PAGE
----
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Google Project Zero Announces 2021 Updates to Vulnerability Disclosure Policy

Google’s Project Zero cybersecurity research unit on Thursday announced that it’s making some changes to its vulnerability disclosure policies, giving users 30 days to install patches before disclosing the technical details of a flaw.

Project Zero has announced three major changes to its vulnerability disclosure policy in 2021, compared to 2020. Until now, if Project Zero researchers found a security hole in a product, it was disclosed after exactly 90 days, regardless of when a patch was released or whether a patch was available at all. The impacted vendor could request a 14-day grace period and disclosure could happen earlier based on a mutual agreement.

For 2021, the disclosure deadline of 90 days remains unchanged, but if the vulnerability is patched within that 90-day timeframe, technical details will only be made public 30 days after the release of a fix, to give users time to install the patch. The 14-day grace period can still be requested by the vendor.

In the case of actively exploited vulnerabilities, technical details have been disclosed 7 days after the initial report, even if the bug hasn’t been fixed, and vendors could not request a grace period before disclosure.

Starting now, if the vendor manages to patch the vulnerability within 7 days, technical details will only be disclosed 30 days after the fix is released. The goal is to give users more time to install the patch and avoid scenarios where other threat actors could use the disclosed information for their attacks. In addition, vendors will be able to request a 3-day grace period for vulnerabilities exploited in the wild.

Another change is related to disclosure during the 14-day grace period. Until now, a vulnerability was disclosed immediately by Project Zero if a patch was released after the standard 90-day deadline but within the 14-day grace period. From now on, if the vendor is granted a grace period, Project Zero will wait for up to 30 days before releasing details to give users time to install the patch. The number of days in the grace period before a fix is released will be subtracted from the 30-day patch adoption period. For instance, if a vulnerability is patched on day 100 during the grace period, the vulnerability will be disclosed on day 120.

Google Project Zero changes to vulnerability disclosure policy

Project Zero says the goals of its policies are faster patch development, thorough patch development (i.e. ensure a patch is complete), and improved patch adoption.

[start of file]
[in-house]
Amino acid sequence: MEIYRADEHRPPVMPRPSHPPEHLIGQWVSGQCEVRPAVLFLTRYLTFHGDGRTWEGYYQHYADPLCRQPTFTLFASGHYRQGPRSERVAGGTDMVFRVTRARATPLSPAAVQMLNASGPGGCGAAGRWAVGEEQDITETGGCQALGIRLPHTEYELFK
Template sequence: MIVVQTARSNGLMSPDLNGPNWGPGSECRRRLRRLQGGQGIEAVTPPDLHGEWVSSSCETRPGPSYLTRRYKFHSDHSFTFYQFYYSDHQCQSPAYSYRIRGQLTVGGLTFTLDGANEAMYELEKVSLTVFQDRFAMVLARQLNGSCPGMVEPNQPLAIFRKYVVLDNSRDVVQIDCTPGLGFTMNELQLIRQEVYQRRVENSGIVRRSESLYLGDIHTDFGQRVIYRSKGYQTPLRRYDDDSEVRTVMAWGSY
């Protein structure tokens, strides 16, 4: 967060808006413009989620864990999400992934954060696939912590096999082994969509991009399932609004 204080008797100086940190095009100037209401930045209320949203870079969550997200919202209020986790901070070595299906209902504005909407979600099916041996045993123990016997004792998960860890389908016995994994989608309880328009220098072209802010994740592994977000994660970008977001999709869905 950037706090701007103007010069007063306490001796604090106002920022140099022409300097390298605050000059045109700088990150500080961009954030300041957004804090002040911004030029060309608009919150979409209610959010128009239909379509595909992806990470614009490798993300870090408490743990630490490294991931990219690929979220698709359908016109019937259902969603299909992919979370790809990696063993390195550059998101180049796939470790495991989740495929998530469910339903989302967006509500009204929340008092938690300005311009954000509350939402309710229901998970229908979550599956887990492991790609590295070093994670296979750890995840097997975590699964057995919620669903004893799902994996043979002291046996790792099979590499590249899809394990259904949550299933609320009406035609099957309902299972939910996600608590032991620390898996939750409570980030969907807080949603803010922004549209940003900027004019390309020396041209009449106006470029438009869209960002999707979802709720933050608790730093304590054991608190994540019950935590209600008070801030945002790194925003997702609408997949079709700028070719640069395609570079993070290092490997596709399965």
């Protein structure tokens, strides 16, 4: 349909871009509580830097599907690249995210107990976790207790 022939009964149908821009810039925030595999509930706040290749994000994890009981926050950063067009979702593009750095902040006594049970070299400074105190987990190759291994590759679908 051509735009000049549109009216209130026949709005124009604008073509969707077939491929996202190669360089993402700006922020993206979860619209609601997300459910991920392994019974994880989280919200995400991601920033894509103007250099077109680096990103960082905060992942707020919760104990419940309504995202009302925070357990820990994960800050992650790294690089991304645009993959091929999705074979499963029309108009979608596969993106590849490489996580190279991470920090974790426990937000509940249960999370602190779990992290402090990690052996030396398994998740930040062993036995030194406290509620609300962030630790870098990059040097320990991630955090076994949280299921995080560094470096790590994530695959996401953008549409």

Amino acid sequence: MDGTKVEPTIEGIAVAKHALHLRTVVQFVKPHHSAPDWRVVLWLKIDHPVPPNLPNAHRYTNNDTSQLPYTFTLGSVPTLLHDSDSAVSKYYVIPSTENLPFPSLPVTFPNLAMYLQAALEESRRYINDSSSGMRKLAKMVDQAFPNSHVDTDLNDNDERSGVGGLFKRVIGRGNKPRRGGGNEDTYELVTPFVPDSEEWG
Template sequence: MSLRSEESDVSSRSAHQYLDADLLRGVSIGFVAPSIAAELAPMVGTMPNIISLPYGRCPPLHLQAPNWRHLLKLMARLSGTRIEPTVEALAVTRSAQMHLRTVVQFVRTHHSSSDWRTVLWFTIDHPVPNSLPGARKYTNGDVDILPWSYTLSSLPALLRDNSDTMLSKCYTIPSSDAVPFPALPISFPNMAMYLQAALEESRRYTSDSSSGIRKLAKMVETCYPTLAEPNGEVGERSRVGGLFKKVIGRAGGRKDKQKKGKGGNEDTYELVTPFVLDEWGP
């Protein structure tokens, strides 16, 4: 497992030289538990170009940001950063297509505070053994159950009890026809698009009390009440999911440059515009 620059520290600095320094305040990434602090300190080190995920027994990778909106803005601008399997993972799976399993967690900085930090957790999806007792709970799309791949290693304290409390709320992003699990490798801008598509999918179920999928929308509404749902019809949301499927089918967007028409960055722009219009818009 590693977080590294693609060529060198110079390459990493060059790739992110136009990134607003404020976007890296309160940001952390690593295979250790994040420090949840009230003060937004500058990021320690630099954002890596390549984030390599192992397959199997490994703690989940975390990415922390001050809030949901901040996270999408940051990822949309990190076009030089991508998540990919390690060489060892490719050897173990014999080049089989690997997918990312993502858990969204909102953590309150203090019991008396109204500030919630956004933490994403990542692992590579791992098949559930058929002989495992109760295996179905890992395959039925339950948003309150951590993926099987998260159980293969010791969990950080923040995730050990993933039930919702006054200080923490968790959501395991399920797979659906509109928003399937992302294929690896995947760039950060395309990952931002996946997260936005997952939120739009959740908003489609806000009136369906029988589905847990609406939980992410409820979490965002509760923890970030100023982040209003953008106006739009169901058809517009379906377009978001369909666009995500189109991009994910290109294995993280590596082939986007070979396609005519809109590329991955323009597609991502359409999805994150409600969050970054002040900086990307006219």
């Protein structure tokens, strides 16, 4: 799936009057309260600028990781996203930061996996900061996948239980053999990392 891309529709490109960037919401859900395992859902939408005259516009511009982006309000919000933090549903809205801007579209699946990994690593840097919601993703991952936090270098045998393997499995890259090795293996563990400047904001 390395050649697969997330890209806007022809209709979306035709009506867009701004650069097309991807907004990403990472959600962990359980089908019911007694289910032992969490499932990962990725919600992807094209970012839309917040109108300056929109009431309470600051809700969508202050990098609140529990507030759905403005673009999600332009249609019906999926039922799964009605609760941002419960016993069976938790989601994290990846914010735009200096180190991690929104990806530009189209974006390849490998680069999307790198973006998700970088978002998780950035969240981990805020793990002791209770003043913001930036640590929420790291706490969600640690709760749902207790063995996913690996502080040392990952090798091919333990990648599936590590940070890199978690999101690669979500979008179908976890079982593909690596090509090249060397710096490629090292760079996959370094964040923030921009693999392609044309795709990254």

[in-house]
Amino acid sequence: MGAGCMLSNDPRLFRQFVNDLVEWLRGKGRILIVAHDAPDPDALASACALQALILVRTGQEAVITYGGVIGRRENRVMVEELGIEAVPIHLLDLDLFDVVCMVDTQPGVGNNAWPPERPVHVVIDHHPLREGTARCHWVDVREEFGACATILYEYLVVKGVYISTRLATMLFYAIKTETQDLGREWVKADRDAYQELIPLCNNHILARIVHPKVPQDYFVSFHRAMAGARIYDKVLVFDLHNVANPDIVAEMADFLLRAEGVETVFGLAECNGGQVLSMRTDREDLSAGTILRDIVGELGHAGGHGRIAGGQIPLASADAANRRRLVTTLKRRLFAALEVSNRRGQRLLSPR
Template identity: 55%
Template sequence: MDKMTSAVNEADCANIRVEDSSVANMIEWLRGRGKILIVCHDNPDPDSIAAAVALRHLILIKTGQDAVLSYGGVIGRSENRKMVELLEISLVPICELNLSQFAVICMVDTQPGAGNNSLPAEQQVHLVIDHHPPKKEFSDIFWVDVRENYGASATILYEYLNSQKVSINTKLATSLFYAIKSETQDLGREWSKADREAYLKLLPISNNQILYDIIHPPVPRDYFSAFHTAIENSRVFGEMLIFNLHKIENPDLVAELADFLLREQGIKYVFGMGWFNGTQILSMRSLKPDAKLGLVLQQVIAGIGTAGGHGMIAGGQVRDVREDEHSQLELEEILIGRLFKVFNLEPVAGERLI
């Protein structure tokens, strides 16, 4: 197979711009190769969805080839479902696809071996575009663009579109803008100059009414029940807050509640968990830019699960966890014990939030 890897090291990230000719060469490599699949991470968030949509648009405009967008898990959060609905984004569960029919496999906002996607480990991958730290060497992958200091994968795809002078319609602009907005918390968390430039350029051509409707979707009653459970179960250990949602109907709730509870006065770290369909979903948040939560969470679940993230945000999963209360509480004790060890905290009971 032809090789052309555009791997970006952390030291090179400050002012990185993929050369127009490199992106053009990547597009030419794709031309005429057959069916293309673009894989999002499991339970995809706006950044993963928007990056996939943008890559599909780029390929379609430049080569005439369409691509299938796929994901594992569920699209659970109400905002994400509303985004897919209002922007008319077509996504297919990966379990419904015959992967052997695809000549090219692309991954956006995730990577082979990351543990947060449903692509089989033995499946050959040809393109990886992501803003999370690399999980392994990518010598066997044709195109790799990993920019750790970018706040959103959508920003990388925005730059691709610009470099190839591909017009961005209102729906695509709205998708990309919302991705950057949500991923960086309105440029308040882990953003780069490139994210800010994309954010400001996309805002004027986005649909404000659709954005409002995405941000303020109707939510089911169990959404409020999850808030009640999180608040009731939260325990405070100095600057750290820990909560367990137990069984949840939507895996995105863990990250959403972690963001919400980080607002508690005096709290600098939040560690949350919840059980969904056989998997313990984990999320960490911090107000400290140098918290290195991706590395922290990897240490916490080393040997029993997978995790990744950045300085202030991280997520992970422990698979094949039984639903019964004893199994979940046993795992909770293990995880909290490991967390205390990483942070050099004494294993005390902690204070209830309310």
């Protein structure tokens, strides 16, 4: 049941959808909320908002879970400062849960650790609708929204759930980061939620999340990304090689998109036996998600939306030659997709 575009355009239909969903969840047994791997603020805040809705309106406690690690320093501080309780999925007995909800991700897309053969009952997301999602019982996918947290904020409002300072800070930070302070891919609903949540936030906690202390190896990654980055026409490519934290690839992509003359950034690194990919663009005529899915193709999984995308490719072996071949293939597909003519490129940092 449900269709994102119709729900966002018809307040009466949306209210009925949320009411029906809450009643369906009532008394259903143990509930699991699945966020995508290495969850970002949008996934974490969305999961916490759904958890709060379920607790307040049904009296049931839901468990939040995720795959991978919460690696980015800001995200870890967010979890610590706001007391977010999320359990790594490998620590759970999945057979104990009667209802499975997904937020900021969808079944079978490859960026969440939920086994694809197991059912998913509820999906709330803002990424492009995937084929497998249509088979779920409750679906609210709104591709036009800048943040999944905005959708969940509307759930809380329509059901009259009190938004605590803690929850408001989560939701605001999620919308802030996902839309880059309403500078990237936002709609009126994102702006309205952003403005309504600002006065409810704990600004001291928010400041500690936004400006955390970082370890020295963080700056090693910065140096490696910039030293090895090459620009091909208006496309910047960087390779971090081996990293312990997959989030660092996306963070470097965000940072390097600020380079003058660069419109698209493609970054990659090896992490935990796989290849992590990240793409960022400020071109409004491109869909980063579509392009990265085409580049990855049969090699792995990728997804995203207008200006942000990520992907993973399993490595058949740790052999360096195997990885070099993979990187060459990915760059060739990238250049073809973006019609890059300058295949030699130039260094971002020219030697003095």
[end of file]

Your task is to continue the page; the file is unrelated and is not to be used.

The debate surrounding vulnerability disclosures focuses on whether releasing technical details faster is more beneficial to defenders, who can use the information to assess risk and implement defensive measures, or attackers, who can leverage the disclosed vulnerabilities in their attacks.

“From our time in the defensive community, we've seen firsthand how the open and timely sharing of technical details helps protect users across the Internet. But we also have listened to the concerns from others around the much more visible ‘opportunistic’ attacks that may come from quickly releasing technical details,” Tim Willis, senior security engineering manager at Project Zero, wrote in a blog post.

“We continue to believe that the benefits to the defensive community of Project Zero's publications outweigh the risks of disclosure, but we're willing to incorporate feedback into our policy in the interests of getting the best possible results for user security,” Willis added.

While the latest changes provide some advantages to users and vendors, Project Zero says it’s aware that the 90+30 day policy will make it more difficult for defenders “to quickly perform their own risk assessment, prioritize patch deployment, test patch efficacy, quickly find variants, deploy available mitigations, and develop detection signatures.”

Related: Exploit for Second Unpatched Chromium Flaw Made Public Just After First Is Patched

Related: Google Starts Tracking Zero-Days Exploited in the Wild

Related: Google: Sophisticated APT Group Burned 11 Zero-Days in Mass Spying Operation

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Eduard Kovacs (@EduardKovacs) is a contributing editor at SecurityWeek. He worked as a high school IT teacher for two years before starting a career in journalism as Softpedia’s security news reporter. Eduard holds a bachelor’s degree in industrial informatics and a master’s degree in computer techniques applied in electrical engineering.